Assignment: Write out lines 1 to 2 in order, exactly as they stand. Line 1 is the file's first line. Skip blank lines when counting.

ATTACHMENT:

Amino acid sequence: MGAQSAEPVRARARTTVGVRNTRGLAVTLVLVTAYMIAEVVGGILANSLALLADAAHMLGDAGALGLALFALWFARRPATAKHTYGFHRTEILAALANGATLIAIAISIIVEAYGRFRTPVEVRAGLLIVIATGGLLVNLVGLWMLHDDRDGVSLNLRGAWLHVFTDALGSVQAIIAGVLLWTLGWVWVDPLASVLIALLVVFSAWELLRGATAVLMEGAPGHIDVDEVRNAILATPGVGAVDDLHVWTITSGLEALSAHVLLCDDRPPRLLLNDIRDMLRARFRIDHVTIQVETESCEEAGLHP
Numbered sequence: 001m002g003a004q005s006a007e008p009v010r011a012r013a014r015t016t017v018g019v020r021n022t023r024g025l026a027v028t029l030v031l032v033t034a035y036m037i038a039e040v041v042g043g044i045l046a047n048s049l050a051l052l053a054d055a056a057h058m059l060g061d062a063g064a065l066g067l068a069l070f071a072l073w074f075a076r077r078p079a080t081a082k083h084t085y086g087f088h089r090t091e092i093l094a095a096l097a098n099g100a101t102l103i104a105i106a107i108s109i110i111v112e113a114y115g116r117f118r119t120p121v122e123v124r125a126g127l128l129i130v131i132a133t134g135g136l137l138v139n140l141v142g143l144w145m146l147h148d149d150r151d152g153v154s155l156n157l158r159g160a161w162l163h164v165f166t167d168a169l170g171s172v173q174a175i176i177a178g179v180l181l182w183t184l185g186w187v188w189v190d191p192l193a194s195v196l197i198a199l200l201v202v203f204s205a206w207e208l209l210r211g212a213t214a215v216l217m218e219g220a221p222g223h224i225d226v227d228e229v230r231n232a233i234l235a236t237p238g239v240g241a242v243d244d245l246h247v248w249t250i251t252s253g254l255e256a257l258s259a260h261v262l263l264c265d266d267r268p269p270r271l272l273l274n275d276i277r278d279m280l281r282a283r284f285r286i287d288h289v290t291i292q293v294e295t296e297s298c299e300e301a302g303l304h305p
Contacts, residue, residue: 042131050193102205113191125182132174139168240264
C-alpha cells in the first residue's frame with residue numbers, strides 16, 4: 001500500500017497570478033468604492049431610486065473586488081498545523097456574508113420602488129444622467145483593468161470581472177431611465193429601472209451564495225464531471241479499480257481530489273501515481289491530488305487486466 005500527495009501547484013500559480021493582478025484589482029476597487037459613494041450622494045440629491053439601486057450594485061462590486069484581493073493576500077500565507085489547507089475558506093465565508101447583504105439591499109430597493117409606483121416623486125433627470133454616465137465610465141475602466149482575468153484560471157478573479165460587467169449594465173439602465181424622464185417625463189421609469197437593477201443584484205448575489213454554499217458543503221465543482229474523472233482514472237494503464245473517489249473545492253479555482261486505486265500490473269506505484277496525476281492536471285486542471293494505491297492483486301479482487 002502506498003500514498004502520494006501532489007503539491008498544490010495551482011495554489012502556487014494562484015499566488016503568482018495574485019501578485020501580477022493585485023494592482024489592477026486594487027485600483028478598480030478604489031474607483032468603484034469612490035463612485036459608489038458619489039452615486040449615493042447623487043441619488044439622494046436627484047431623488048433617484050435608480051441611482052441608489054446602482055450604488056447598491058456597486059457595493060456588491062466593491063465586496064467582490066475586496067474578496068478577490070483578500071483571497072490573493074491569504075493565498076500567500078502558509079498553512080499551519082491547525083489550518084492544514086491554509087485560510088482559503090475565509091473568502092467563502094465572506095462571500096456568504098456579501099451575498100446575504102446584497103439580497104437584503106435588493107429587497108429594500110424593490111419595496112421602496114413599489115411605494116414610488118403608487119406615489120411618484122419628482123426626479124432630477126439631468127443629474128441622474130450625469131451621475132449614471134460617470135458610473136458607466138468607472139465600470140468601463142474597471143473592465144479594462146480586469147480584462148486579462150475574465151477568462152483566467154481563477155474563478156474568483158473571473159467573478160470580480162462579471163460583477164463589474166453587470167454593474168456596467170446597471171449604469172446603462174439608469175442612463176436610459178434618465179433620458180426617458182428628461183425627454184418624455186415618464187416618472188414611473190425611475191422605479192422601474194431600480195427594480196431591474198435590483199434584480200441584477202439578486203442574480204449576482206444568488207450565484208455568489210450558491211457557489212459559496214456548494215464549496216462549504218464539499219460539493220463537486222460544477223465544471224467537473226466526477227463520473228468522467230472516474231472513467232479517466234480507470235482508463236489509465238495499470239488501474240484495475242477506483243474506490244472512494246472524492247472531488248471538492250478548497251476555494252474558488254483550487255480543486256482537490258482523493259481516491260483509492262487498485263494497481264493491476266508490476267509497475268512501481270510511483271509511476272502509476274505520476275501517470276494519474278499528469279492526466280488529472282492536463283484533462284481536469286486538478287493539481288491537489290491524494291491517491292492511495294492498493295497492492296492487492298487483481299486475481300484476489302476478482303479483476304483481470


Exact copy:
Amino acid sequence: MGAQSAEPVRARARTTVGVRNTRGLAVTLVLVTAYMIAEVVGGILANSLALLADAAHMLGDAGALGLALFALWFARRPATAKHTYGFHRTEILAALANGATLIAIAISIIVEAYGRFRTPVEVRAGLLIVIATGGLLVNLVGLWMLHDDRDGVSLNLRGAWLHVFTDALGSVQAIIAGVLLWTLGWVWVDPLASVLIALLVVFSAWELLRGATAVLMEGAPGHIDVDEVRNAILATPGVGAVDDLHVWTITSGLEALSAHVLLCDDRPPRLLLNDIRDMLRARFRIDHVTIQVETESCEEAGLHP
Numbered sequence: 001m002g003a004q005s006a007e008p009v010r011a012r013a014r015t016t017v018g019v020r021n022t023r024g025l026a027v028t029l030v031l032v033t034a035y036m037i038a039e040v041v042g043g044i045l046a047n048s049l050a051l052l053a054d055a056a057h058m059l060g061d062a063g064a065l066g067l068a069l070f071a072l073w074f075a076r077r078p079a080t081a082k083h084t085y086g087f088h089r090t091e092i093l094a095a096l097a098n099g100a101t102l103i104a105i106a107i108s109i110i111v112e113a114y115g116r117f118r119t120p121v122e123v124r125a126g127l128l129i130v131i132a133t134g135g136l137l138v139n140l141v142g143l144w145m146l147h148d149d150r151d152g153v154s155l156n157l158r159g160a161w162l163h164v165f166t167d168a169l170g171s172v173q174a175i176i177a178g179v180l181l182w183t184l185g186w187v188w189v190d191p192l193a194s195v196l197i198a199l200l201v202v203f204s205a206w207e208l209l210r211g212a213t214a215v216l217m218e219g220a221p222g223h224i225d226v227d228e229v230r231n232a233i234l235a236t237p238g239v240g241a242v243d244d245l246h247v248w249t250i251t252s253g254l255e256a257l258s259a260h261v262l263l264c265d266d267r268p269p270r271l272l273l274n275d276i277r278d279m280l281r282a283r284f285r286i287d288h289v290t291i292q293v294e295t296e297s298c299e300e301a302g303l304h305p